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Timmons v. United Parcel Service

June 14, 2010


The opinion of the court was delivered by: Morrison C. England, Jr. United States District Judge


Both Plaintiff and Defendants have filed multiple motions in limine in this case, which was remanded here for further adjudication after the Ninth Circuit reversed this Court's decision granting summary judgment in favor of UPS as to the case in its entirety. The dismissal of Plaintiff's claims for retaliation and age discrimination under the ADA and the FEHA, however, was not disturbed on appeal. Nor was this Court's dismissal of Plaintiff's claim alleging wrongful termination in violation of public policy disturbed.

Plaintiff's claims for disability discrimination in violation of the ADA and FEHA are the only claims that must now be tried. Consequently the only issue to be adjudicated is whether or not UPS unlawfully failed to accommodate Plaintiff's disability by giving him a job assignment commensurate with his physical limitations.

This Court's written rulings on the parties' in limine requests follow.


1. or in Initial Disclosures. (Denied)

Exclude Evidence Not Previously Produced in Discovery

This Motion is predicated on Plaintiff's claim that UPS' Trial Exhibit List includes documents produced neither in discovery or in Rule 26 disclosures. Documents cited include Exhibit AA, a statement from Dr. Kirk Granlund regarding Plaintiff's post-knee surgery, Exhibit CC, letter from Liberty Mutual regarding Plaintiff's permanent disability rating, Exhibit DD, Plaintiff's Pension Trust Work History Statement, Exhibit EE, A Statement re: Plaintiff's Pension Payment dated December 1, 2006, and Exhibit FF, another Statement re: Pension Payment dated February 1, 2007. Plaintiff appears to claim that all these items were previously undisclosed.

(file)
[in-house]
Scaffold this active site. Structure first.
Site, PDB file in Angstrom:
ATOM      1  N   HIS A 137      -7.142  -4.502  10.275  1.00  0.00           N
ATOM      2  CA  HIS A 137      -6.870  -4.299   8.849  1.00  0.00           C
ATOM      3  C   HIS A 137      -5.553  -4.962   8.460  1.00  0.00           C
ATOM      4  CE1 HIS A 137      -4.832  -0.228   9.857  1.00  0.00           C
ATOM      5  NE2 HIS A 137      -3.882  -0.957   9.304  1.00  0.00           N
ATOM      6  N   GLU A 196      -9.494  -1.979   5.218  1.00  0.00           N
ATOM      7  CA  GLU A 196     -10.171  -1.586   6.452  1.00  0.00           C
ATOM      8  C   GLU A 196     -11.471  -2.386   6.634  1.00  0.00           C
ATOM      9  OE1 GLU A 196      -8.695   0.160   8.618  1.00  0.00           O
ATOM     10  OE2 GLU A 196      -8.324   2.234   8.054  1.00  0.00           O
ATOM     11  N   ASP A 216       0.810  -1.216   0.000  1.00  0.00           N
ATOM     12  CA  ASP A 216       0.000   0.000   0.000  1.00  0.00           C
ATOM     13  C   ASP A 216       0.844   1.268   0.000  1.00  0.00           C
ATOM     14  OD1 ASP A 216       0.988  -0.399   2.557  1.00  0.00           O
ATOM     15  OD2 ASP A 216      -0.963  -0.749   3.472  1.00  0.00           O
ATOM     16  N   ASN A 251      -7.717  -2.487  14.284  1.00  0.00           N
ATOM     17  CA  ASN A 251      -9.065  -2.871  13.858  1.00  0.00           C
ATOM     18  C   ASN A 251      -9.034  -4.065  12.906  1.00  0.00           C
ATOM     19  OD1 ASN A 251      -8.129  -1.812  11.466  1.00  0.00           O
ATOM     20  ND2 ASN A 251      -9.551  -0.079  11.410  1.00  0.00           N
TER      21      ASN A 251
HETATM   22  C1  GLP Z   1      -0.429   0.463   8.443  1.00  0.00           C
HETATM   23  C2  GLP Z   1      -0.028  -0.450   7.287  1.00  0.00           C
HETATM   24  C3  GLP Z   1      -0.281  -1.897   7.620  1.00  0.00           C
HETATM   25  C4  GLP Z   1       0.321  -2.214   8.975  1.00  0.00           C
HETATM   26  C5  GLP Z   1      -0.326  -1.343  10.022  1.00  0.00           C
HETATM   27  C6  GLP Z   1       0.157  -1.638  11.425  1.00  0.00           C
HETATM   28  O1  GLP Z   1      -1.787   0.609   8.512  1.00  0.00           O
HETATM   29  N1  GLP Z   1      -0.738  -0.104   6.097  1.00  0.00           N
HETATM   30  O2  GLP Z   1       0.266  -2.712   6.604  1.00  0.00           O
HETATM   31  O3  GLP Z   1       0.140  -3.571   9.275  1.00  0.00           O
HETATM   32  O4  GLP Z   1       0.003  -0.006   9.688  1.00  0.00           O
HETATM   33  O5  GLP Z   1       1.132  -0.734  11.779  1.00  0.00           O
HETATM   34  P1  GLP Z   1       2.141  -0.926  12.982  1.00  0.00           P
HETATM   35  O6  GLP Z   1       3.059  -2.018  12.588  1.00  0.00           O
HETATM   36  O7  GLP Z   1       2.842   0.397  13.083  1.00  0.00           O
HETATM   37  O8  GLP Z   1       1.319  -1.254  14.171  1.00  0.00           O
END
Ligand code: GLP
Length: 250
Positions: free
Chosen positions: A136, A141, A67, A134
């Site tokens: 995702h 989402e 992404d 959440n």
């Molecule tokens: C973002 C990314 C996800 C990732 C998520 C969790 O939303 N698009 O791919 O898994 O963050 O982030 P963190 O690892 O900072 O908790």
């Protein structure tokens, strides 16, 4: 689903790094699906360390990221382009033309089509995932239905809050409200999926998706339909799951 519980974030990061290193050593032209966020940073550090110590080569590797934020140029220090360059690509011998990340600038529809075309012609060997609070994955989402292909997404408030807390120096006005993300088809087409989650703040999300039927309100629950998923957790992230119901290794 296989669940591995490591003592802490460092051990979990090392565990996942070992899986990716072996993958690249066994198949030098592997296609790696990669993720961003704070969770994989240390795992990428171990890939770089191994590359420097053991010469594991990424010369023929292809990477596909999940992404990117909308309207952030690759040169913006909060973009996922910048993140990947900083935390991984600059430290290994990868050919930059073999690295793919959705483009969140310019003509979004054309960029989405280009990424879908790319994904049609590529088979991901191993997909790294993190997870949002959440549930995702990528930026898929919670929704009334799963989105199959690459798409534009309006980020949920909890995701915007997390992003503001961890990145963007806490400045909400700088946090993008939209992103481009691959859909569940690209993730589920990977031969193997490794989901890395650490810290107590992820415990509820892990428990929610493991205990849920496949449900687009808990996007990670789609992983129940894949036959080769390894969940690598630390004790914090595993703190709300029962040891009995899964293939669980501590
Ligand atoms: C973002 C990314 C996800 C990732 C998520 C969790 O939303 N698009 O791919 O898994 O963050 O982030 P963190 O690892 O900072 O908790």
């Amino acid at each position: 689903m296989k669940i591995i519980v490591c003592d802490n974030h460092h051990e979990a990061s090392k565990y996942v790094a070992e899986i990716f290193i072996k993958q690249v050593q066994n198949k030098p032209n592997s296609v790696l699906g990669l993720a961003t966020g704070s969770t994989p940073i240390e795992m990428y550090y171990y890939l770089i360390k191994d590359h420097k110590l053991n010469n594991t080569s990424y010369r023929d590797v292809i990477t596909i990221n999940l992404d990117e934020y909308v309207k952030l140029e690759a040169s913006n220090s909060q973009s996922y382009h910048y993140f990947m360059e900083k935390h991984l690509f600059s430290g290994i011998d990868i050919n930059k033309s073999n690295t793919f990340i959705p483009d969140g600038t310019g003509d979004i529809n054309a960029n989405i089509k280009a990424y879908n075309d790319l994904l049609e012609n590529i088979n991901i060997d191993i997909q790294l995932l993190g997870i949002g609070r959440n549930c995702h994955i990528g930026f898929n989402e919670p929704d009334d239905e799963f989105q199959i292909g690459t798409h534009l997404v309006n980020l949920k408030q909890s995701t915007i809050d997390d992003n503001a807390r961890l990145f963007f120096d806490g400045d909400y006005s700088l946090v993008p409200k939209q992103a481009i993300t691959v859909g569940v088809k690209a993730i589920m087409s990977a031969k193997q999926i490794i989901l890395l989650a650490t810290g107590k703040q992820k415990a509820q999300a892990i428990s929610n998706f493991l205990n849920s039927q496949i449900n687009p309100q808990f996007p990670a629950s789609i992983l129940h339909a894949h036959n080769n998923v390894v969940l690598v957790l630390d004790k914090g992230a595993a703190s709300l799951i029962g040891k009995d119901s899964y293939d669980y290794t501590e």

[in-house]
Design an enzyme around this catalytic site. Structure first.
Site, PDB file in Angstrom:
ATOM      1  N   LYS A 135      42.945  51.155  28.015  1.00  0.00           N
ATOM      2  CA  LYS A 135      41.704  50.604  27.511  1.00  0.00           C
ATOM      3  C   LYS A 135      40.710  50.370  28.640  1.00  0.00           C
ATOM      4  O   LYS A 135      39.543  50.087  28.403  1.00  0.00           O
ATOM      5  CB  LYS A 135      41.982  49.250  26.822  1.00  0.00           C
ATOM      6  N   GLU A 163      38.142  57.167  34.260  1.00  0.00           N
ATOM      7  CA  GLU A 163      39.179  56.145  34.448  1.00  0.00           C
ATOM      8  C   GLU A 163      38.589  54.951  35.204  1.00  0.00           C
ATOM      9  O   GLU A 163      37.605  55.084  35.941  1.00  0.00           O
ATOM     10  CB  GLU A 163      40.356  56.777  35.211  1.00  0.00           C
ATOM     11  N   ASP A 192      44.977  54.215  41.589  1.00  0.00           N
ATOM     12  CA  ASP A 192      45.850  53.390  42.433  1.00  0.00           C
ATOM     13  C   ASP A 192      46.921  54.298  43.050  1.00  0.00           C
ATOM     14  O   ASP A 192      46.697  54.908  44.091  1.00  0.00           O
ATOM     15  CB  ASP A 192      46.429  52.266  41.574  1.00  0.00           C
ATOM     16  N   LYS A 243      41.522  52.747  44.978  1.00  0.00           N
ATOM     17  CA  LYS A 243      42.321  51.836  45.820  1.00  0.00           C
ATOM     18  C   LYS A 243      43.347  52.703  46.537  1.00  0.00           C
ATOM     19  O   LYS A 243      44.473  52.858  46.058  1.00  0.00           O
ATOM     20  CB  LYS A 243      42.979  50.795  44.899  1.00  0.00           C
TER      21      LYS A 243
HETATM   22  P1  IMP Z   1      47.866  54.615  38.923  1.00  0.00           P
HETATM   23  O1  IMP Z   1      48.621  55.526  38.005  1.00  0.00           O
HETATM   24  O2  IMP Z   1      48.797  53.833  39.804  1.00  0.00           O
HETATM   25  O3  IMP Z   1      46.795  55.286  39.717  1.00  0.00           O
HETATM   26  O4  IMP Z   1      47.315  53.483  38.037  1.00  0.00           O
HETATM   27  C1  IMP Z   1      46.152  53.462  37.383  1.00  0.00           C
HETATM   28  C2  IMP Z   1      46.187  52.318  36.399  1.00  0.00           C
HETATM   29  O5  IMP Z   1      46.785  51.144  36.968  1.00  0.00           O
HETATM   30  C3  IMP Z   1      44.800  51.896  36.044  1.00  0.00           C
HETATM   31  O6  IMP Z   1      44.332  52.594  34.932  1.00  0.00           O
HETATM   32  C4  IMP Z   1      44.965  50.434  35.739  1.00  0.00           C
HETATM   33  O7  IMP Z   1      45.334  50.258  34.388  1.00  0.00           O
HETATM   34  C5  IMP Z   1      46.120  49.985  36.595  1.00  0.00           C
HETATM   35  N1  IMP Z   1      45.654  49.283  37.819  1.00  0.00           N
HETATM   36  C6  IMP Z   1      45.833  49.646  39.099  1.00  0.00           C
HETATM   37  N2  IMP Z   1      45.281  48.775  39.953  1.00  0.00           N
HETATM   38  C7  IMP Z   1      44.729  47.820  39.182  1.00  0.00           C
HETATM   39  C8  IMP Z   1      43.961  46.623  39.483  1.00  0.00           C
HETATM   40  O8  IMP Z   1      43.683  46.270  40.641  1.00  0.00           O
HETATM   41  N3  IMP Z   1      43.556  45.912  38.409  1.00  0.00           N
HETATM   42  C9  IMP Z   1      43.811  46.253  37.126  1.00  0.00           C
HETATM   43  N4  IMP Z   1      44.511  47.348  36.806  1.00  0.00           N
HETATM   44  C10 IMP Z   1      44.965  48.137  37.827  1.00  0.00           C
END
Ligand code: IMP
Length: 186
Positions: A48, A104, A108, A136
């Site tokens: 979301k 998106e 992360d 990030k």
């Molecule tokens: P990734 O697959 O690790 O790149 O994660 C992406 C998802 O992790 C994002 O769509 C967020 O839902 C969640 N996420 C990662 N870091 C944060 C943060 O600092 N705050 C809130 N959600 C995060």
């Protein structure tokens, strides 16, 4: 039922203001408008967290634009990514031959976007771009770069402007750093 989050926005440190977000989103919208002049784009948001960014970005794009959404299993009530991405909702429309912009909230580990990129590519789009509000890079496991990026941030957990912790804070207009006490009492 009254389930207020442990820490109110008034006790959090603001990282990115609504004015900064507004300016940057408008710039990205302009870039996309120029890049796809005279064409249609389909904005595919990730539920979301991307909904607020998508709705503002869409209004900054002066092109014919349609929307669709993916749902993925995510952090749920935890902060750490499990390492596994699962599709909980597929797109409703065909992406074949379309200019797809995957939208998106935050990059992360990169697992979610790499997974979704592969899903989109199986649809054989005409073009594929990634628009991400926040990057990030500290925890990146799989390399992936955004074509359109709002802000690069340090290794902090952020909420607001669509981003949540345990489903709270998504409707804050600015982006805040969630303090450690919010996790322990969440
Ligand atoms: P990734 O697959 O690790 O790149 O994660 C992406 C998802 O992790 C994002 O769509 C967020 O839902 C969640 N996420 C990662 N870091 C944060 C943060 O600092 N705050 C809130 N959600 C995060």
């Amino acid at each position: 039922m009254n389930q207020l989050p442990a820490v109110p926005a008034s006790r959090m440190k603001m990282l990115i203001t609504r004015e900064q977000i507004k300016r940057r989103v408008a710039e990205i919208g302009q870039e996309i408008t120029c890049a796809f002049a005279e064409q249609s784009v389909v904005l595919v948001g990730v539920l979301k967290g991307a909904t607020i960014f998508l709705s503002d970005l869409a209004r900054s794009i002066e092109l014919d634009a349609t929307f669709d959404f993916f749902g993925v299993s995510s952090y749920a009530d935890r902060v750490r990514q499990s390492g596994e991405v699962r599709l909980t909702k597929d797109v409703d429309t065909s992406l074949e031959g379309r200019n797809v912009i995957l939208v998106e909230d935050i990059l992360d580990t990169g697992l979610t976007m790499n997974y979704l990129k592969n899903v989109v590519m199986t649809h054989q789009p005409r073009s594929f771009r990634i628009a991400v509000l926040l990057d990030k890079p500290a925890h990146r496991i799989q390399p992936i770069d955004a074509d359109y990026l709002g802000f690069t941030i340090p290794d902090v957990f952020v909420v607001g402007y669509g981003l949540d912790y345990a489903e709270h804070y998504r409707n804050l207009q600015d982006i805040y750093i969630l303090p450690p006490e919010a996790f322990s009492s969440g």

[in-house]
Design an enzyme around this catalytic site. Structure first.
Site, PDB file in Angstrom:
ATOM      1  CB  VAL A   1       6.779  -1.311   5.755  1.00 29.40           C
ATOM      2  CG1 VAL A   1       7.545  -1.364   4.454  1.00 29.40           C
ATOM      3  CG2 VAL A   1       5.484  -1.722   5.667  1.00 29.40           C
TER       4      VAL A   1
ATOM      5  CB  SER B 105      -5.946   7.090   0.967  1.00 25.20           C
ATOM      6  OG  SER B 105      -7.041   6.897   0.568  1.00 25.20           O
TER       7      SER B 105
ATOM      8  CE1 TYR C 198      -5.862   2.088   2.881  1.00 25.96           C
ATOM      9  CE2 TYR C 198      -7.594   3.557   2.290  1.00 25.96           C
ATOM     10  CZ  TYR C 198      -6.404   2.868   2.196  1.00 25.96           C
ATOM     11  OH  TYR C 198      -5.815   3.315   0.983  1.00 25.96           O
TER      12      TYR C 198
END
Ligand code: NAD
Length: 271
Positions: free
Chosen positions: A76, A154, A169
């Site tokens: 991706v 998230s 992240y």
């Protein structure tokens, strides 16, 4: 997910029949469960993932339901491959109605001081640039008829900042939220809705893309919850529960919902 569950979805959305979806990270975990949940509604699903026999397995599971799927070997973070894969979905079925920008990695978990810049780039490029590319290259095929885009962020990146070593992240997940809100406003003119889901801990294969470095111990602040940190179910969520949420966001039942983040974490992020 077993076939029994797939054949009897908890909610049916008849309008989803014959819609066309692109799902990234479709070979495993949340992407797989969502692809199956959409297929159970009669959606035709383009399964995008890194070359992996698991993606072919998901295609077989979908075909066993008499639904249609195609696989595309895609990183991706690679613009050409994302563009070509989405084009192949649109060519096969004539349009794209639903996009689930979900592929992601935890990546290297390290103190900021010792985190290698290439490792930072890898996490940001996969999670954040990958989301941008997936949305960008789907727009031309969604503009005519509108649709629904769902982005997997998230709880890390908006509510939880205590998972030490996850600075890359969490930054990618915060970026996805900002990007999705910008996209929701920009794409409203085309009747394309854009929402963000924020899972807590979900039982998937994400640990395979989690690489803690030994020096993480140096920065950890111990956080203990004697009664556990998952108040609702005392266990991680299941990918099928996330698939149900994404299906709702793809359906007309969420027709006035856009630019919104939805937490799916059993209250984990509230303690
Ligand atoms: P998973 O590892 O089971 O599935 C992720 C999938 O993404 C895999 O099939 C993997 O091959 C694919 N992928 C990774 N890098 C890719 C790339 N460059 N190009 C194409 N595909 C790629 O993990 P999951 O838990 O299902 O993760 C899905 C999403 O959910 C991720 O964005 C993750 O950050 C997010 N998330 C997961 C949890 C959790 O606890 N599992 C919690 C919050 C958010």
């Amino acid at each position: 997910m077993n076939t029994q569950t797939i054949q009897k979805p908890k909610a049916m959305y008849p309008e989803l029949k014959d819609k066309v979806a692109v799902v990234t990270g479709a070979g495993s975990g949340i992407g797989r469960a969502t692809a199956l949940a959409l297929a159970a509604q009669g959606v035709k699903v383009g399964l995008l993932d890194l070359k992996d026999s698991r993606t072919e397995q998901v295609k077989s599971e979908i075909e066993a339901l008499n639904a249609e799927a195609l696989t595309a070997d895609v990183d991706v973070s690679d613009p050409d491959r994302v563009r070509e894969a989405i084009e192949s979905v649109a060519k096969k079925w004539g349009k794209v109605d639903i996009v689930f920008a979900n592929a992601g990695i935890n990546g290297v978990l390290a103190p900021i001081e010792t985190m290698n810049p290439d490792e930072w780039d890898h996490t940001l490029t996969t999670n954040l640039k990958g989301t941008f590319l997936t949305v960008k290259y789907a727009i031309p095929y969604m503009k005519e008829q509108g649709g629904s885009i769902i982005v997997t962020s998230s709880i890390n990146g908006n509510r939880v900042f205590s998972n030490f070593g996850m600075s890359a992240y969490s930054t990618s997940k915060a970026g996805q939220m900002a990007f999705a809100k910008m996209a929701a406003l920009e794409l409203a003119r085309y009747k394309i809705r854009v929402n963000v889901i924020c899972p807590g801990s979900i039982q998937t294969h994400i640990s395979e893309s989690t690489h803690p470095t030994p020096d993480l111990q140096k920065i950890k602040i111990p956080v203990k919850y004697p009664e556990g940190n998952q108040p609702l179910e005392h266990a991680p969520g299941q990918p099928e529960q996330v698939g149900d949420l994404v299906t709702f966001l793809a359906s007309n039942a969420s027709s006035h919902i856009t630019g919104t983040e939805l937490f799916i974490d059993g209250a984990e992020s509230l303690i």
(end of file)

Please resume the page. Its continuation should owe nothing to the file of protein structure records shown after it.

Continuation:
Plaintiff's position is without merit. All five of the documents at issue were produced by Plaintiff's own experts, and were included as exhibits to those experts' depositions. Consequently, Plaintiff cannot argue that he knew nothing about the documents before they appeared on UPS' Exhibit List.

Plaintiff's Motion also appears to request that the Court exclude any documents related to UPS' alleged "undue hardship" defense in reasonably accommodating Plaintiff with another delivery vehicle with automatic transmission/power steering, even though no specific documents are targeted for such exclusion. Given the fact that Plaintiff does not identify any actual documents, and by his own admission makes the request as a "precautionary measure", the request appears premature on its face. UPS also claims to have produced documents concerning its hardship defense in any event. In addition, UPS identified two witnesses knowledgeable about the defense who it claims were deposed by Plaintiff for a total of seven hours.

2. Payments. (Denied, without Prejudice to Renew During Exclude Evidence and Testimony re: Collateral Source Trial)

Through this Motion, Plaintiff seeks to prevent UPS from introducing any evidence or testimony concerning payments received by Plaintiff from any collateral source such as worker's compensation, disability insurance, or unemployment.